"Generally, fiber-rich foods that are incorporated into well-balanced meals that include whole grains, protein, and healthy fats can help you feel full and satisfied for longer periods of time, which can help prevent overeating," says Figueroa. Specifically, foods with insoluble fiber, such as grapefruit, reduce your appetite and leave you feeling fuller while eating less, according to research from The American Journal of Clinical Nutrition. (

Controls Diabetes & Blood Sugar

When it comes to the health benefits of grapefruit, you'll notice fiber comes into play again and again. On top of all the previously mentioned body benefits, the fiber in grapefruit may also help lower blood sugar. "Soluble fiber helps food to be more slowly digested as it moves through the digestive system," says Figueroa. "When food is more slowly digested, it prevents spikes in blood sugar."

Remember the aforementioned weight loss study? Well, in addition to slimming down, the participants who ate half a grapefruit prior to meals also experienced reduced insulin resistance. Translation: The lower your insulin resistance, the more control you have over your blood sugar levels, thereby reducing your risk for diseases such as diabetes. (Speaking of which...make sure to know these subtle diabetes symptoms in women.)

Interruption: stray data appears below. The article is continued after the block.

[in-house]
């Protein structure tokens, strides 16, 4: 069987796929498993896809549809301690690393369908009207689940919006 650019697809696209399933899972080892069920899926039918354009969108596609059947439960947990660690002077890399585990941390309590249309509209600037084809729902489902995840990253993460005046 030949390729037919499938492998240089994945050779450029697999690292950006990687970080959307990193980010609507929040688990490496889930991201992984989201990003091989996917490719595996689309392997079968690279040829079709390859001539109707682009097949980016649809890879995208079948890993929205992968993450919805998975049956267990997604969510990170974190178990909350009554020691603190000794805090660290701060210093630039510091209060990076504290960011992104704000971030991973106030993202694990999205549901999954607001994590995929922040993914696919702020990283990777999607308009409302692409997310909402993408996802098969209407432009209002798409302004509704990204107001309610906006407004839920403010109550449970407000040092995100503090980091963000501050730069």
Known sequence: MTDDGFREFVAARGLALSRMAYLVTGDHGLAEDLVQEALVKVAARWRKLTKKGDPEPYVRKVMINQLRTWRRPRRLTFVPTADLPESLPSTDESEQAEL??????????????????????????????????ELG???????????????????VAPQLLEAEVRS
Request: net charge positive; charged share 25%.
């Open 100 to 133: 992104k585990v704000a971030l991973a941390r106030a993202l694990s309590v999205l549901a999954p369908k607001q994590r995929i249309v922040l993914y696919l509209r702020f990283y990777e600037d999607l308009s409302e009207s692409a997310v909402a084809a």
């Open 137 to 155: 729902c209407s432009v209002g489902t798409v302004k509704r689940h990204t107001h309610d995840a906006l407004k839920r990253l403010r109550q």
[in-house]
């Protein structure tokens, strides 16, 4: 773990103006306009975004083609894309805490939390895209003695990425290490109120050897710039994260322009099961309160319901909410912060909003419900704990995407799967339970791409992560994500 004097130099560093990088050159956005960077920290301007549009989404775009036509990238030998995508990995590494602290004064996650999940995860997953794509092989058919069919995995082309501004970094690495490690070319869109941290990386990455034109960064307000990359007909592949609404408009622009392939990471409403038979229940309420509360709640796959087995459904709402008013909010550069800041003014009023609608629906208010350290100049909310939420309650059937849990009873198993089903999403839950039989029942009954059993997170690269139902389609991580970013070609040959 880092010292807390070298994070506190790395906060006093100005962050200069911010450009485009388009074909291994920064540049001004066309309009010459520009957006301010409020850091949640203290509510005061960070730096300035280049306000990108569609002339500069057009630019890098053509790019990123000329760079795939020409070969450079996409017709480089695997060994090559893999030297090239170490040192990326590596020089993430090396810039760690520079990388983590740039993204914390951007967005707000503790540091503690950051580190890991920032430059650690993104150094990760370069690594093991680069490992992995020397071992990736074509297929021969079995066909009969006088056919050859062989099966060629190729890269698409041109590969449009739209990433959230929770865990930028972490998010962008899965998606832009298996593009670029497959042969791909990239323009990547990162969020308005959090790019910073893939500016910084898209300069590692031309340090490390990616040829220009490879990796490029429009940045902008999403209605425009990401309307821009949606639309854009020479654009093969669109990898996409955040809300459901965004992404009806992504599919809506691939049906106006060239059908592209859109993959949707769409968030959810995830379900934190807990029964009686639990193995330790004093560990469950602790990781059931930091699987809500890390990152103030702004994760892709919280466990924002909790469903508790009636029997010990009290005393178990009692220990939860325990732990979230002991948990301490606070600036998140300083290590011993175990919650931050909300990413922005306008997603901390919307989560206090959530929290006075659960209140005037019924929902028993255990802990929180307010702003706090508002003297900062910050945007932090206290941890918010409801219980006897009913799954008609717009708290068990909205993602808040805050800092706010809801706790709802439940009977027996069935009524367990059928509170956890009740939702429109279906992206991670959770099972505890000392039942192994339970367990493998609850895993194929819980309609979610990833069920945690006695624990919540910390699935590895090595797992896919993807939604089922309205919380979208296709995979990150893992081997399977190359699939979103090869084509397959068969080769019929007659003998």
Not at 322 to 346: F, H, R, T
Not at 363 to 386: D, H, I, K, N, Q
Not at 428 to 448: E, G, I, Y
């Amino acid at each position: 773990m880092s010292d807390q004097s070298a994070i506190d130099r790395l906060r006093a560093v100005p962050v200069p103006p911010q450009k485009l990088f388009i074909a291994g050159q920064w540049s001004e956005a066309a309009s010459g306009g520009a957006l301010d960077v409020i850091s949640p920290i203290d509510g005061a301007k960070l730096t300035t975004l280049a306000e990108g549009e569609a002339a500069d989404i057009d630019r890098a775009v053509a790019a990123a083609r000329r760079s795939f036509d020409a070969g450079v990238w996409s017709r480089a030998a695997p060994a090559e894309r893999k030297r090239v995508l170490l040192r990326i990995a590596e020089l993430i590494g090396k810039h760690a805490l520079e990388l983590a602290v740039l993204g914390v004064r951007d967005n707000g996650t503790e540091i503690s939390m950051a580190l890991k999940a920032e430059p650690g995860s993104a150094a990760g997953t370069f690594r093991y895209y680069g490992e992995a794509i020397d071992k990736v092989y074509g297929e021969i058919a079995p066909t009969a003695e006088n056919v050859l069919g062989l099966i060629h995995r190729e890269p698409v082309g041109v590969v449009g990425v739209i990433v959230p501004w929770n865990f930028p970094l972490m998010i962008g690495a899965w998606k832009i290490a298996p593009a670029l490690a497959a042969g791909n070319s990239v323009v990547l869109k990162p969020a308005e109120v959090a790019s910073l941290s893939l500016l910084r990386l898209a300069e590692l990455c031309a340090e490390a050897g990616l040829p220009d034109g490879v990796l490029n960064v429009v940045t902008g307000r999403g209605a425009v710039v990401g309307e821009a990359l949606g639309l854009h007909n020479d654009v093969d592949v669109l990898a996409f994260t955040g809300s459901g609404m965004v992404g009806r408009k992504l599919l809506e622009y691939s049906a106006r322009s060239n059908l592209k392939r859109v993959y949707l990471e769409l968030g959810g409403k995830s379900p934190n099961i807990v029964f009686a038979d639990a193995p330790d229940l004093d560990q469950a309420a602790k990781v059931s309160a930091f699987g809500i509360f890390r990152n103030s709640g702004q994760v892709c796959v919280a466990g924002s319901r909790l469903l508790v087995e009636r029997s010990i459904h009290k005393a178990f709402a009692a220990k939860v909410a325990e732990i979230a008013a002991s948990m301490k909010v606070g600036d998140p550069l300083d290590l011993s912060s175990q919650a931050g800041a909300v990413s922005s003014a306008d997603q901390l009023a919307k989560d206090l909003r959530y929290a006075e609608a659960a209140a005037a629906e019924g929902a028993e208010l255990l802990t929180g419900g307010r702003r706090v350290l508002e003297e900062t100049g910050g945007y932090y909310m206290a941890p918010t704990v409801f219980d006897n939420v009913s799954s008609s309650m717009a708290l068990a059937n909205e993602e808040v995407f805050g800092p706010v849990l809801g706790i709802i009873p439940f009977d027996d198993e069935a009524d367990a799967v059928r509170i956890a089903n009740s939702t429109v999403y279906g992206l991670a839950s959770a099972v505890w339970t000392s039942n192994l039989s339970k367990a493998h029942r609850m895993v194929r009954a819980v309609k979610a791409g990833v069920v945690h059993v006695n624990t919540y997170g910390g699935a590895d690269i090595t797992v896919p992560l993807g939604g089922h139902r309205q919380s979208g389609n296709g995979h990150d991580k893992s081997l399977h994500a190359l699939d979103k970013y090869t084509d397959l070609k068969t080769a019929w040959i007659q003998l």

Brightens Your Skin

Grapefruit's many antioxidants "help neutralize free radicals, which cause damage to the skin including degradation and discoloration," according to Mary Stevenson, M.D. a dermatologic surgeon based in New York City. You can score grapefruit's skin benefits by both eating the citrus (as part of an overall "diet high in antioxidants," says Dr. Stevenson) and applying it topically. (See also: Everything You Need to Know About Vitamin C Skin Care)